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Grounding-Ponding-Distaster-PreventionIn this iteration of curated industry news, we highlight the work of a contractor in Florida who cost effectively solved a Florida Radio Group’s failing grounding and bonding system.

Then, we overview how to classify a room according to the National Electrical Code’s (NEC) hazardous locations article, and lastly present how three emerging technologies present safety issues for customers.

Cost Effective Upgrades Solved this Florida Radio Group’s Grounding and Bonding Woes

Due to lightning-related problems at three radio stations in Trenton, Florida, the group’s chief information officer (CIO) called in John West, Sr., principal of Power & Systems Innovations in Tampa, Florida. Upon inspection, the issue was related to inadequacies in grounding and bonding at the transmission site. IAEI Magazine explores the problems and solutions. 

West’s approach to installing a grounding system is to take advantage of the site’s conditions and existing components to make the most cost-effective solution. General recommendations, along with a few highlights of the new telecommunications system, include:

  • Update the ground bond of the transmitter building and correcting other errors.
  • Since the building transmits FM signals, complete the existing bonding connections to all proper points for the waveguides and bank of electronics.
  • Replace two independent ground bars with a new, larger busbar and an old, inadequate ground bar with stranded copper.
  • Create a common ground by bonding all components with copper.
  • Install the ground rods where the soil can be kept wet, such as near the condensate line of an air conditioner unit or a downspout off the building.

Overall, the key is to customize the grounding and bonding solution to the characteristics and components of the facility in order to recognize the most value for the money spent.

View the detailed account of the facility’s upgrades from IAEI Magazine.

What Is Classified as a Hazardous Location According to the 2017 NEC?

According to the 2017 NEC, a hazardous location is “an area where the possibility of fire or explosion exists because of flammable or combustible gases or vapors, combustible dusts, or easily ignitable fibers/flyings.” Within the NEC for hazardous locations, there are more detailed classifications that instruct more modified or stringent requirements for safety.

In general, each room classified as a hazardous location involves quantities of something “sufficient to produce explosive or ignitable mixtures.” What differs across the three classes is what substances are around, and the likelihood of explosion or ignition. Thus, the three classes are as follows:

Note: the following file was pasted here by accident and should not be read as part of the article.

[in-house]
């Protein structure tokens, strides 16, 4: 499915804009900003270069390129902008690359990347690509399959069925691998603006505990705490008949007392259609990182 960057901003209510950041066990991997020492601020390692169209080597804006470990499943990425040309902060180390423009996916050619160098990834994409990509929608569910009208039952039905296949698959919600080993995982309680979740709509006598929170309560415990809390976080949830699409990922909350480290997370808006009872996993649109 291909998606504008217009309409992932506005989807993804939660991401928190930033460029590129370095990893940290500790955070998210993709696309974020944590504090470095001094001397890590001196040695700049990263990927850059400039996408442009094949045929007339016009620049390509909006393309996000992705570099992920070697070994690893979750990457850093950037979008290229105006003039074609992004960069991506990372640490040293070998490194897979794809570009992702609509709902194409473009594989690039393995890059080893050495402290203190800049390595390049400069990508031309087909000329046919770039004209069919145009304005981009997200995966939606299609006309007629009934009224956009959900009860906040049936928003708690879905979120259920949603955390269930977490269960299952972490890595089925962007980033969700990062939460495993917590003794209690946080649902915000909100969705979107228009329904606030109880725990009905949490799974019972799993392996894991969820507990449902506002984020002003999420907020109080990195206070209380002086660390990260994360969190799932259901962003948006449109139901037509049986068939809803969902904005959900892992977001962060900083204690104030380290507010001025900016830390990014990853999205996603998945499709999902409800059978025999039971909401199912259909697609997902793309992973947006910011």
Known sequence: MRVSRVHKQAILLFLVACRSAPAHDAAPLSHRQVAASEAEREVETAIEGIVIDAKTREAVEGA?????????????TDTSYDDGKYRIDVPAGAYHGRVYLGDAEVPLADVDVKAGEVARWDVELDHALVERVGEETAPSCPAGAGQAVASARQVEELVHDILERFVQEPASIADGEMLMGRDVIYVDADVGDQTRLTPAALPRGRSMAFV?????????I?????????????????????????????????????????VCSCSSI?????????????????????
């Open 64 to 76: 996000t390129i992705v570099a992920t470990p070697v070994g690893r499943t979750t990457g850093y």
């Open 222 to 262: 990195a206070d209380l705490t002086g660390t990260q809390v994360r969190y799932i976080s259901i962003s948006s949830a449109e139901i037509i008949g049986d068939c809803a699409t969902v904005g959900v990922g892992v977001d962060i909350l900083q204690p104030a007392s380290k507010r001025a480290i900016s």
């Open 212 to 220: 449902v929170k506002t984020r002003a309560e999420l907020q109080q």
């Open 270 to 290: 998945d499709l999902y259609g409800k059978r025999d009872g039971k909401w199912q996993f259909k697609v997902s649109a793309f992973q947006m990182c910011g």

• “Class I locations are where flammable gases, flammable liquid produced vapors or combustible liquid produced vapors may be present in quantities sufficient to produce explosive or ignitable mixtures.”
  • “Class II locations are those where combustible dust, rather than gases or liquids, may be suspended in the air or accumulate on electrical equipment in quantities sufficient to ignite or explode.”
  • “Class III locations contain easily ignitable fibers or materials producing combustible flyings, but aren’t likely to be suspended in the air in quantities sufficient to produce ignitable mixtures.” 

Within Class I and II locations, the following two divisions exist: 

  • Division I applies to normal conditions, where the presence of flammable gas or the vapors or combustible dust are typically present or present frequently due to regular maintenance.
  • Division II applies to abnormal conditions, in which the flammable gas or vapors or the combustible dust are not regularly present, but may emerge in the event of abnormal operation. 

Once the classification has been identified, various protection techniques and equipment are required for each. View the full brief from Mike Holt.

3 New Modern Technologies that Present Electrical Hazards

As new technologies are adopted in residential homes and commercial facilities, new electrical dangers are introduced. Electrical Contractor warns consumers of these risks, and also explores how electrical contractors (EC) can help create safe environments in the midst of new technologies. 

Mobile device chargers are an emerging risk, each of which may be slightly different and used for a different laptop, smartphone, tablet or other device.

The similarity across chargers is that each has an alternating current (AC) side and a direct current (DC) side. If the cord becomes worn or frayed, the AC side can present a fire hazard. ECs should warn customers and recommend replacing the charging cables whenever damage occurs.

Internet of Things (IoT) devices comprise any device that connects to the Internet, such as smart TVs, phones, tablets, appliances and more—some thermometers and vacuum cleaners even qualify. In response to these devices becoming readily adopted, the U.S. Consumer Product Safety Commission (CPSC) held a hearing to discuss potential safety issues of IoT products. Before more is learned about the hazard potential, consumers should know not to plug in anything that draws too much current from a single power outlet. Other safety concerns are yet to be determined.

Streaming devices, many of which are illicit and unregulated, may present unknown safety issues. The best approach is to only purchase and use products that have been evaluated and tested as safe.

Electrical Contractor has the full story on safety issues and the role of ECs in educating customers on new technologies and safety issues.

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